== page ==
Ah, the age-old question, often murmured by weary travellers crammed into coach with a stranger’s elbow invading their personal bubble space: “How much longer can this flight possibly go on for?!” The answer is… further than you think, and possibly further than you’d want.
In this article, we are going to take a brief trip through some plane stats, have a look at the main factors stopping commercial aircraft flying further, and see the longest flight routes in the world.
We’ll also cover some trivia along the way! Did you know that whilst the 777-300 ER stands for extra-range, the 777-200LR (long-range) variant has significantly more range than the extra-range?!
So, just how far can commercial planes fly?
Let’s start with the basics. The range of an aeroplane (or how far it can fly) depends on several factors, including its fuel capacity, speed, altitude, and the weight it’s carrying.
Typically, commercial airliners all fly at around the same speed and altitude. That leaves fuel. So, it’s no surprise to see that the longest aircraft are typically specially modified variants of commercial aircraft, with additional fuel tanks.
About the Boeing 777-200LR
- Despite its age, the original Boeing 777 entered service back in 1995, the 200LR was a variant of the popular twin-jet that fitted three additional fuel tanks into some rear cargo storage.
- Less space for bags, but plenty more fuel, has allowed the aircraft to break the record for the longest non-stop flight for a commercial airliner back in 1995 — a record it held for over two decades!
- Because of its niche appeal, only 61 aircraft were ever made, with less than 50 still operating today
Following on from the 777-200LR the latest generation Boeing twin-jet, the 787 dreamliner, also has a massive range — over 7,500 nautical miles for the -9 variant.
However, because there isn’t yet a specialised ultra-long range version, the 777-200ER was superseded by the newest Airbus twin-jet, the A350.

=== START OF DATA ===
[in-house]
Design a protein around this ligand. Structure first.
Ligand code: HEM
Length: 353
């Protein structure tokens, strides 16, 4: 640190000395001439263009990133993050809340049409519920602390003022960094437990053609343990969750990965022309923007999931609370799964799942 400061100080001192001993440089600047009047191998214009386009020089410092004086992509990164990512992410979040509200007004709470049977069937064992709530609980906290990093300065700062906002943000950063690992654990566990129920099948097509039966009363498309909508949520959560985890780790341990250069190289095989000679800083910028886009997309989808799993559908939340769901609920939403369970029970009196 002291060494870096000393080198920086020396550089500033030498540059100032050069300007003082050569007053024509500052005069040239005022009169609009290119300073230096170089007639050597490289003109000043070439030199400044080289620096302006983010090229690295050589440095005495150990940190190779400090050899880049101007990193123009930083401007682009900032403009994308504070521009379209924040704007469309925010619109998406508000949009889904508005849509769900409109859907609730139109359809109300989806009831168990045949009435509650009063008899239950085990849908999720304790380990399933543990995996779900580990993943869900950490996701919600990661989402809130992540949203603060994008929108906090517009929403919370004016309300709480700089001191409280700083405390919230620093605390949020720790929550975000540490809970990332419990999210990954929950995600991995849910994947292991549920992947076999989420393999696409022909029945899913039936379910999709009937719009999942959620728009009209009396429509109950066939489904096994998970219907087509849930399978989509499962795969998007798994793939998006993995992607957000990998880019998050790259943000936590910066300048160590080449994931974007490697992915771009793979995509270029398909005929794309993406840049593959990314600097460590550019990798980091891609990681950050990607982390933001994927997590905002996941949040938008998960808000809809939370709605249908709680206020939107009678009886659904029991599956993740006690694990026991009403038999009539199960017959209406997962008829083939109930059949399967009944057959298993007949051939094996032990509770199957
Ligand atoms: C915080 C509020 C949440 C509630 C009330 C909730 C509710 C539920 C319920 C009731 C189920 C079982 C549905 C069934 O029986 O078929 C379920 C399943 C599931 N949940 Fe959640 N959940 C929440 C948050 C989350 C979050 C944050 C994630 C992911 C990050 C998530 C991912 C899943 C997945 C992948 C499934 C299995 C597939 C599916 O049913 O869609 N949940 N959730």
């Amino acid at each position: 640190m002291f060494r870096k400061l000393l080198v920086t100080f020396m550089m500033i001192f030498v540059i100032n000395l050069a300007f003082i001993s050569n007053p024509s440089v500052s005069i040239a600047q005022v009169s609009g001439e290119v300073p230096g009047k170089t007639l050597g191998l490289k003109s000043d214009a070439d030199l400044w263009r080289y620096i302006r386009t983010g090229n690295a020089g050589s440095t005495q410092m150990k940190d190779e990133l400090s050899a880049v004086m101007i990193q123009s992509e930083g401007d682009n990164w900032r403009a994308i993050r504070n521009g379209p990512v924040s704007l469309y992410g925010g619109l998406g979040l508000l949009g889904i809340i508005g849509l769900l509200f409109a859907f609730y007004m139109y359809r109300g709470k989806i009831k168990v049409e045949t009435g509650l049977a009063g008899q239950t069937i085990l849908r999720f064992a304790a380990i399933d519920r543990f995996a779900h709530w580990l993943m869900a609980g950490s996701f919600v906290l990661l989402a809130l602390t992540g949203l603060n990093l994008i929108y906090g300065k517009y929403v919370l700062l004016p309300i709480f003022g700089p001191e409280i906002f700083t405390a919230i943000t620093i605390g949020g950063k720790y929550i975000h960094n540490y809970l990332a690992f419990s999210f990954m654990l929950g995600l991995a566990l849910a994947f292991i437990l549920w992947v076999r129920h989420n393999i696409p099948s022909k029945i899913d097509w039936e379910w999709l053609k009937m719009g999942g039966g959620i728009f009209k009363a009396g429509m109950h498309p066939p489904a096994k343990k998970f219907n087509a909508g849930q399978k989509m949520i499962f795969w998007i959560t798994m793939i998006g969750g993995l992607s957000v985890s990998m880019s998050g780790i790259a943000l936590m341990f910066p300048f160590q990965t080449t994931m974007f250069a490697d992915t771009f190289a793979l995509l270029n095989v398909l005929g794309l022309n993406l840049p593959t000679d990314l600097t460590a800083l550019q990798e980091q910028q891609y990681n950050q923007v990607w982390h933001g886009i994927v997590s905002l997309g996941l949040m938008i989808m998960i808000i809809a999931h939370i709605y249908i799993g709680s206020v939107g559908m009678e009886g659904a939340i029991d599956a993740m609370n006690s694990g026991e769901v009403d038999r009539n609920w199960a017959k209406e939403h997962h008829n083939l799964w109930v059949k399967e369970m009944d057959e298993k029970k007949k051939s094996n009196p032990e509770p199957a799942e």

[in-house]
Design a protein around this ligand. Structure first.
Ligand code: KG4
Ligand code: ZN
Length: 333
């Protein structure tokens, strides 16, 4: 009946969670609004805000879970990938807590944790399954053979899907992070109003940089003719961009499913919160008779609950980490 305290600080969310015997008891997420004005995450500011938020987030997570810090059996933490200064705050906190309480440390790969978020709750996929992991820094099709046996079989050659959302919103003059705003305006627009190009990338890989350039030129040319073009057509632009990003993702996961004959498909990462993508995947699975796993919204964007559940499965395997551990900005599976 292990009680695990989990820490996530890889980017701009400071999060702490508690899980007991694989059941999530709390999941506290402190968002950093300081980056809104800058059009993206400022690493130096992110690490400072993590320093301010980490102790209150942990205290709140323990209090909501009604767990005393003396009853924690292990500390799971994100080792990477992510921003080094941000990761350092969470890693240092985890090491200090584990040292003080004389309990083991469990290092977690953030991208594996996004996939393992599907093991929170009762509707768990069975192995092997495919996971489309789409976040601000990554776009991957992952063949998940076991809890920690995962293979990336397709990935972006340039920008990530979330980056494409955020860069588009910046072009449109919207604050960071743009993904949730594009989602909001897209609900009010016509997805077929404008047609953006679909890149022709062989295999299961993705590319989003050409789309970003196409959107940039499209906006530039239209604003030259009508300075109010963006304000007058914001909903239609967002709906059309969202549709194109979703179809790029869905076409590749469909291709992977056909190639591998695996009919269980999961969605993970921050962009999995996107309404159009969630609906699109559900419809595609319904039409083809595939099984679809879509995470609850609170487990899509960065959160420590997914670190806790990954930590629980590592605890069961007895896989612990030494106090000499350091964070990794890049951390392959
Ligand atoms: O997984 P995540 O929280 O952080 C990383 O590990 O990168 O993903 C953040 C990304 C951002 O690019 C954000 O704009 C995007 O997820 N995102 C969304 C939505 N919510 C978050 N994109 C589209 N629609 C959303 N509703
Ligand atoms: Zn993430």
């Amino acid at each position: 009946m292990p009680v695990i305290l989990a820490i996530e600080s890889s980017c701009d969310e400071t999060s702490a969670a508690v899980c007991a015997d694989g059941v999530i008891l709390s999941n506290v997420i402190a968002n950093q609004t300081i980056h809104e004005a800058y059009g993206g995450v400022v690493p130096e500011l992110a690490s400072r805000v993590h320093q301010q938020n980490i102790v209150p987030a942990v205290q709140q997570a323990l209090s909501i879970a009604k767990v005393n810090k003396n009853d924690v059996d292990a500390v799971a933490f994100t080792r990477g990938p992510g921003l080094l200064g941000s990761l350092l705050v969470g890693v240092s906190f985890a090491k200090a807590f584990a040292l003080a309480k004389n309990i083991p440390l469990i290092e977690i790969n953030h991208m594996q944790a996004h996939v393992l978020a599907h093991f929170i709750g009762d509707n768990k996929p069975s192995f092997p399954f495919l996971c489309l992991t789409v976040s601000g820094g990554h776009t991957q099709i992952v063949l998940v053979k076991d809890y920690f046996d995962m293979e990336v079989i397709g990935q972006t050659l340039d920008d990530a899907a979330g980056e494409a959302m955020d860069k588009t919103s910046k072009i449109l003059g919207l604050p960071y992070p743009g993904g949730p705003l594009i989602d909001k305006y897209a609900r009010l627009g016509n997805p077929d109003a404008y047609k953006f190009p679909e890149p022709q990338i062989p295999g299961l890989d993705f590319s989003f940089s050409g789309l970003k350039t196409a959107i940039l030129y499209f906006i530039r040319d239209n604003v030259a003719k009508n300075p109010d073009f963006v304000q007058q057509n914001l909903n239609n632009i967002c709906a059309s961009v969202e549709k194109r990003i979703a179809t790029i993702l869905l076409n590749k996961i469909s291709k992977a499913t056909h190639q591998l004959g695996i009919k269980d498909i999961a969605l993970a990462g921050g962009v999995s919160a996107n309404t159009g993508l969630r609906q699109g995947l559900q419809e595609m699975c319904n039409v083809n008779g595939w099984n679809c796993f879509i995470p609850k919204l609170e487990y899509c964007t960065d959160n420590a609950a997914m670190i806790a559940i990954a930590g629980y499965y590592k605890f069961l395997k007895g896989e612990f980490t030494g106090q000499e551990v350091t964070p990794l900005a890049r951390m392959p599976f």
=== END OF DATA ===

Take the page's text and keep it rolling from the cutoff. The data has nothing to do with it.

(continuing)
Capable of flying a staggering 9,700 nautical miles, the Airbus A350-900ULR (that’s, ultra-long range!) is the commercial aircraft that can fly the furthest as of 2023.
So, to answer that original nightmare question, if you were that weary traveler crammed into coach with a stranger’s elbow invading their personal bubble space, how long could that flight last? You better hope it’s not on an A350 ULR, or the flight could last for twenty hours!
3 of the longest flights in the world
But, enough with the technicalities. The real question is, “What’s the longest commercial flight in the world?” Brace yourself for this one.
3rd longest flight in the world: New York — Singapore
The record previously went to Singapore Airlines’ flights, travelling between Singapore Changi Airport to New York in the USA.
The longest flights were always traditionally between Newark airport and Changi airport (SQ21). However, in 2021, flights also began between Newark’s slightly further neighbour — New York’s JFK airport — and Singapore, notching up an additional 2 nautical miles and ranking the longest flight in the world.
Flight times last for around 18 hours and 40 minutes, covering 8,285 nautical miles.
2nd longest flight in the world: Paris — Tahiti
Air Tahiti previously flew between Paris (CDG) airport and Tahiti’s International Airport (PPT), via Los Angeles Airport (LAX).
However, in the depths of the Covid-19 pandemic, travellers from france were prohibited by the USA from transiting on their soil.
As a result, Air Tahiti Nui decided to fly the route directly to bring French citizens home before the lockdown.
- Rather impressively, the route was capable of being flown (albeit with limited passengers onboard) by the standard Boeing 787-9.
- This probably vindicates Boeings viewpoint that they didn’t need to make a specialised long-range variant of their latest generation twin-jet because the range was sufficient for any flight operators would want.
- Looking back at the stats, you’ll see that their previous triple-seven long-range variant 777-200LR was capable of flying a staggering 1000 nm further than this flight.
- In addition to breaking records for the longest commercial flight ever, Tahiti is part of the French Polynesia.
- This means that this flight was technically a domestic flight, and therefore it shot straight to the top of the record books, as the longest domestic flight in the world too!
- The route lasted approximately 5 weeks, between March and April 2020
The longest commercial flight in the world (scheduled!): Sydney — London
OK, so technically this flight doesn’t exist yet, but it’s definitely on its way, and we thought it is worthy of covering in the list for three reasons:
- It’s required customising an entirely new aircraft for the future operator, Qantas
- The flight time is so long, Qantas has had to study the effect on passengers and crew health by scheduling long range test flights!
- It will become the longest flight in the world by over 700 nm!
The project has been in the stop-start phase for a while now, with original plans delayed due to the global pandemic, and it’s giant impact on airlines! However, in 2022 Qantas firmed up orders with Airbus for the A350, ordering 12 aircraft, with an expected start date for the route of 2025.